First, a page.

Around the early 1920s a few Latter-day Saints moved to Saskatchewan, mostly from Alberta and settled in Saskatoon, Regina, and other communities. About that same time, G. Gordon Whyte of Moose Jaw acquired a copy of the Book of Mormon, accepted it as being true and requested baptism. He was baptized on 17 August 1923 in Moose Jaw. He is the first known convert in the province. That same year, Whyte and Northern States Mission president John G. Allred, held a street meeting in Regina.

The first missionaries sent to work in Saskatchewan in the summer of 1925 were Raymond L. Allen and Alma Ward. They were assigned by the North Central States Mission to work in Saskatoon and Leo E. Nelson and Theodore Reynolds who were assigned to work in Regina. The North Saskatchewan and South Saskatchewan districts were organized on 6 August of that year. On 30 May 1927 the North Saskatchewan District was dissolved and recombined with the South Saskatchewan District to form the Saskatchewan District.

A Sunday School was organized on 8 May 1927 in Regina with Gordon Whyte as superintendent. It became a branch on 27 May 1934 also with Whyte as president. That year, Latter-day Saint farmers in southern Alberta and their neighbors donated two boxcars of vegetables and food to families in Saskatchewan suffering from the effects of a severe drought. Among those receiving the aid were 20 families in the Regina Branch. A meetinghouse was dedicated for the Regina Branch in 1939.

The Saskatchewan District was incorporated into the Western Canadian Mission on 6 December 1942. This was done in part because it was easier for Church members to pay tithing to mission headquarters in Edmonton. Progress in the area proved difficult during World War II as most missionaries were drafted into the military. This left local members to handle the missionary effort. Full-time sister missionaries, however, were assigned to work in Regina on 6 December 1943.

On 3 September 1961 the North Saskatchewan District was organized. Seminary classes were held in the Saskatoon Branch on 27 September 1965. An Indian seminary program also began in 1965 with children on the Piapot, Carry-the-Kettle and Cowesses reserves east of Regina.

The first known meetinghouse built by the Church was dedicated in Regina on 19 May 1967. The first stake in Saskatchewan was created in Saskatoon on 5 November 1978, from a consolidation of the Regina and Saskatoon districts. The stake then covered the entire province of Saskatchewan and parts of Alberta and Manitoba. In 2002, membership reached 4,826; and 4,833 in 2003.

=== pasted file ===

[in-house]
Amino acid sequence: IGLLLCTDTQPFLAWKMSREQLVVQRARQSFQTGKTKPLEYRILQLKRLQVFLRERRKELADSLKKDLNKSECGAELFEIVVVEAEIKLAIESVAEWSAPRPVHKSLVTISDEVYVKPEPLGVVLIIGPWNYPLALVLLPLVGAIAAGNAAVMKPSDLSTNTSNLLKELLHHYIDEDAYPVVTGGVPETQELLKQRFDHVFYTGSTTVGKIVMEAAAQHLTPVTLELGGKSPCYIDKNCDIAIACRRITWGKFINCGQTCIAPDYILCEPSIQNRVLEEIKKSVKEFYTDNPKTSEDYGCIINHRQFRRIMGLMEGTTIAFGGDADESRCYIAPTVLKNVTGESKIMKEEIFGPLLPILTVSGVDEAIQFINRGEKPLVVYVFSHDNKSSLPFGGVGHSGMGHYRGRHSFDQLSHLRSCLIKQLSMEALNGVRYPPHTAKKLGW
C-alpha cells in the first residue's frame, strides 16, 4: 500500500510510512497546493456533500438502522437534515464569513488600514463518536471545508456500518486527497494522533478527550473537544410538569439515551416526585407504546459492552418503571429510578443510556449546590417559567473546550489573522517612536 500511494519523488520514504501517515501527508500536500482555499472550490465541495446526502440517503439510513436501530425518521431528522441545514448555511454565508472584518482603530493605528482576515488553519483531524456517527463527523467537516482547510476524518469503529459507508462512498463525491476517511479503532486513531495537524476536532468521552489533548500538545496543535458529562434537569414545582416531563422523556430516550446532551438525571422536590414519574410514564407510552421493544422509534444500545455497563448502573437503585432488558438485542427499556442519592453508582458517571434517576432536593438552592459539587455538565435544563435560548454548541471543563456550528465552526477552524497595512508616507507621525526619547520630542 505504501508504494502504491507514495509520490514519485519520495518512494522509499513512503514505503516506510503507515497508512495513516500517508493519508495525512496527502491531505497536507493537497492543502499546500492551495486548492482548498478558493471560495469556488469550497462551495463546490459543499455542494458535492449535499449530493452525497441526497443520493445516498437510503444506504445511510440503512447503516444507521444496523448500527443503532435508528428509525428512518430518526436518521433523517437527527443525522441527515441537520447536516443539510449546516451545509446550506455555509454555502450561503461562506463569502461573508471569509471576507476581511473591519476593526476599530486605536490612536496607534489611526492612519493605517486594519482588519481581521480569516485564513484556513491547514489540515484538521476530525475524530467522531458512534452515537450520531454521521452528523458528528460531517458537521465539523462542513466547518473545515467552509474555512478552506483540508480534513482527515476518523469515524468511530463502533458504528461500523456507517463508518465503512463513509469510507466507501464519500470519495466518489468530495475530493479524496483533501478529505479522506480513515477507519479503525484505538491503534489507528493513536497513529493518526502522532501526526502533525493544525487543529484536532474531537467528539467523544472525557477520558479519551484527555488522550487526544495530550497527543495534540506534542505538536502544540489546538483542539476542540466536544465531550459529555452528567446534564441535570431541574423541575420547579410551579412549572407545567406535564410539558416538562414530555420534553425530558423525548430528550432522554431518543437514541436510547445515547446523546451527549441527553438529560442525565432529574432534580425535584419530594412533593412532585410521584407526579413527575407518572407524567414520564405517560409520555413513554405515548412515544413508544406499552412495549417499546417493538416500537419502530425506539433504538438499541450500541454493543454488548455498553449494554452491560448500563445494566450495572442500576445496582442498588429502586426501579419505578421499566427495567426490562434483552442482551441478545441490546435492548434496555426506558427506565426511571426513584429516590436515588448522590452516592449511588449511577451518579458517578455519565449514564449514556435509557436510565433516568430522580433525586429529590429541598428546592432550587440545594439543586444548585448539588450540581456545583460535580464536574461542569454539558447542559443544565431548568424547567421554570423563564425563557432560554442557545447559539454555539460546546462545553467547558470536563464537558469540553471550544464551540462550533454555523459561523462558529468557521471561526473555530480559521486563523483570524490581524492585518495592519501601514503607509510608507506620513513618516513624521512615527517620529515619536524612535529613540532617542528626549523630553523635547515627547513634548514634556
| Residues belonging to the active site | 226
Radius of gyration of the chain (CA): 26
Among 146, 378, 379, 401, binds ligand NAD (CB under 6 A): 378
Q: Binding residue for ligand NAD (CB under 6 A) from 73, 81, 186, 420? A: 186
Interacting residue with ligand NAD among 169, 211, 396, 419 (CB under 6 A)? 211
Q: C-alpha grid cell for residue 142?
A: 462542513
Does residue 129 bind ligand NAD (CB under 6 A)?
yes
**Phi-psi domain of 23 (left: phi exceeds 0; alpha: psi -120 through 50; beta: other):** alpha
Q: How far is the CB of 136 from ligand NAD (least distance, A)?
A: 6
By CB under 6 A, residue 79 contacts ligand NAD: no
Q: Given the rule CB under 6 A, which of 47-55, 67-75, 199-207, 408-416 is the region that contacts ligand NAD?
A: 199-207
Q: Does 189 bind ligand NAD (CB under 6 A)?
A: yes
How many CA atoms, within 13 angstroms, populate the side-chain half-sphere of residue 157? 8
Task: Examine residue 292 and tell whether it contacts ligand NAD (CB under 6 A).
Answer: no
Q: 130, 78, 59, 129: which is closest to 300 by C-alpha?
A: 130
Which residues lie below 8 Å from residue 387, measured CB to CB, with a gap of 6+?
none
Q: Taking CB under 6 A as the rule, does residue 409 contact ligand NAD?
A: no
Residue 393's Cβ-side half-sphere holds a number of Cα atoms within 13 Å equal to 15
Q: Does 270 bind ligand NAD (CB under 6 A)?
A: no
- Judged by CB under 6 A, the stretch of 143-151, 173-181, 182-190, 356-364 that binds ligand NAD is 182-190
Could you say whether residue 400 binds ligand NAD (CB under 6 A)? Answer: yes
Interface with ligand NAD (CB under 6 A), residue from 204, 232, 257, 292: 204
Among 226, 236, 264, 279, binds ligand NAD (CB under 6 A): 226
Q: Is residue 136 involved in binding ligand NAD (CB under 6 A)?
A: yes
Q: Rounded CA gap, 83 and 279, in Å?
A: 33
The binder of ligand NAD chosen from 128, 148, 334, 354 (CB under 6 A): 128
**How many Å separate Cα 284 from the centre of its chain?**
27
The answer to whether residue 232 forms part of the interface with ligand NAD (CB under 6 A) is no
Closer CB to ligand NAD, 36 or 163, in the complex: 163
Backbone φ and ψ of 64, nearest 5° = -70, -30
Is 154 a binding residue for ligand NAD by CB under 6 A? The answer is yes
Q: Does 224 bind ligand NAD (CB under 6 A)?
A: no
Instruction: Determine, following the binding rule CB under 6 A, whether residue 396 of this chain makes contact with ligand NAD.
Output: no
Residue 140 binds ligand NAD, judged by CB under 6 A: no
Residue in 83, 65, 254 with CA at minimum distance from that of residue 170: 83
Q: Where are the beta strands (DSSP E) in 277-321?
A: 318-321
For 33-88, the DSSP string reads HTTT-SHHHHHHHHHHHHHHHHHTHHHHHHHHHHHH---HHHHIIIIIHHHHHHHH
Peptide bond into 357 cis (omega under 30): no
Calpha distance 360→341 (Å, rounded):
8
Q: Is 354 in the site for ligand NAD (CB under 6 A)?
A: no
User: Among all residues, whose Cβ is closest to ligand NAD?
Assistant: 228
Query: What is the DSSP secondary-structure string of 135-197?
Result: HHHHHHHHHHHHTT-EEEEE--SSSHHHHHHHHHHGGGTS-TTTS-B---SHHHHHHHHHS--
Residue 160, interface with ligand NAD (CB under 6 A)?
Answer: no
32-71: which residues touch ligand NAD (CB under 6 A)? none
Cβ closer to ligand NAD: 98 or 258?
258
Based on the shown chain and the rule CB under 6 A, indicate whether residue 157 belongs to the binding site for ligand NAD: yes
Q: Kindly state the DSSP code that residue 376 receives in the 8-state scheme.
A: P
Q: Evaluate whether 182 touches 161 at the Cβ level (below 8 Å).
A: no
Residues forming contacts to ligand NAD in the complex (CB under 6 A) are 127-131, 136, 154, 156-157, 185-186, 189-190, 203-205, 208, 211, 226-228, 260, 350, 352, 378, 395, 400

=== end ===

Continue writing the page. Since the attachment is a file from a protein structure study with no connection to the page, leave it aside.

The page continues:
Regina Saskatchewan Temple[]


The Regina Saskatchewan Temple is the 65th operating temple of The Church of Jesus Christ of Latter-day Saints, the 4th temple built in Canada and the 1st temple built in Saskatchewan. It was dedicated on the same day as the Halifax Nova Scotia Temple, marking the first time that two dedications were held on the same day. The Regina Saskatchewan Temple was dedicated on 14 November 1999, by President Boyd K. Packer, acting President of the Quorum of the Twelve Apostles. Two years later, the Regina Saskatchewan Stake was organized on 27 October 2001.


Andrew Jenson, Encyclopedic History of the Church, 1941; North Central States Mission, Manuscript history and historical reports, Church Archives; Wilbur Gordon Hackney, History of the Western Canadian Mission, thesis, 1950; Carol Cornwall Madsen “The Christian Way,” Church News, 1 July 1978; “Pres. Hunter Returns from Mission Tour, Church News, 5 July 1950; “3 New Stakes Formed in U.S., Canada, 3 Others Reorganized,” Church News, 18 November 1978; Liahona, 28 July 1925; Melvin S. Tagg, A History of the Church of Jesus Christ of Latter-day Saints in Canada, 1830-1963, thesis, 1963; Melvin S. Tagg, A History of the Mormon Church in Canada, 1968; Western Canadian Mission, History, 1941-1948, Church Archives; Regina Saskatchewan District, Manuscript history, Church Archives; Saskatoon Branch, Manuscript history and historical reports, Church Archives; Saskatchewan Stake, Manuscript history and historical reports, 1986.

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